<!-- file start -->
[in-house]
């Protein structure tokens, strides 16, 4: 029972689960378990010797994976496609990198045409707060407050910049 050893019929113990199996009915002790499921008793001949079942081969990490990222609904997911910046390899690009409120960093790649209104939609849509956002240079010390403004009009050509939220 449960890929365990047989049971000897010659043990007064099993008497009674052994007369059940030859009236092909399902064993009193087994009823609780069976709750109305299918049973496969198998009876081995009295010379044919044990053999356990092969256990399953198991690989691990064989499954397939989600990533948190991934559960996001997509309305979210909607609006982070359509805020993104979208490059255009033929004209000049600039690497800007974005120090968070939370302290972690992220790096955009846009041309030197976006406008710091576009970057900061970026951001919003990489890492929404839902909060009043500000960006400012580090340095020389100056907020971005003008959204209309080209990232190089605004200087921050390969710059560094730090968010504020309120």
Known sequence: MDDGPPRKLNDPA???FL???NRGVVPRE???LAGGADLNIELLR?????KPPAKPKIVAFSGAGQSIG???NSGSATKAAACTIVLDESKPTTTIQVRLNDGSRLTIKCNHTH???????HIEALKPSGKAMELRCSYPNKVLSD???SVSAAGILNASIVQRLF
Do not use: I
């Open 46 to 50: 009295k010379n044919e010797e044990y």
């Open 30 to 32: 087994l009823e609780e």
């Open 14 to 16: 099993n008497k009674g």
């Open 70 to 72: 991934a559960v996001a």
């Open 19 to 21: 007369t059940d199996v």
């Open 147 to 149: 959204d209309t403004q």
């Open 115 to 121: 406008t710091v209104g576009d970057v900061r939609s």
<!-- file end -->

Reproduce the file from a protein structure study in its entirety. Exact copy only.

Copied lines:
[in-house]
């Protein structure tokens, strides 16, 4: 029972689960378990010797994976496609990198045409707060407050910049 050893019929113990199996009915002790499921008793001949079942081969990490990222609904997911910046390899690009409120960093790649209104939609849509956002240079010390403004009009050509939220 449960890929365990047989049971000897010659043990007064099993008497009674052994007369059940030859009236092909399902064993009193087994009823609780069976709750109305299918049973496969198998009876081995009295010379044919044990053999356990092969256990399953198991690989691990064989499954397939989600990533948190991934559960996001997509309305979210909607609006982070359509805020993104979208490059255009033929004209000049600039690497800007974005120090968070939370302290972690992220790096955009846009041309030197976006406008710091576009970057900061970026951001919003990489890492929404839902909060009043500000960006400012580090340095020389100056907020971005003008959204209309080209990232190089605004200087921050390969710059560094730090968010504020309120």
Known sequence: MDDGPPRKLNDPA???FL???NRGVVPRE???LAGGADLNIELLR?????KPPAKPKIVAFSGAGQSIG???NSGSATKAAACTIVLDESKPTTTIQVRLNDGSRLTIKCNHTH???????HIEALKPSGKAMELRCSYPNKVLSD???SVSAAGILNASIVQRLF
Do not use: I
């Open 46 to 50: 009295k010379n044919e010797e044990y």
């Open 30 to 32: 087994l009823e609780e």
């Open 14 to 16: 099993n008497k009674g």
């Open 70 to 72: 991934a559960v996001a």
């Open 19 to 21: 007369t059940d199996v």
């Open 147 to 149: 959204d209309t403004q």
């Open 115 to 121: 406008t710091v209104g576009d970057v900061r939609s």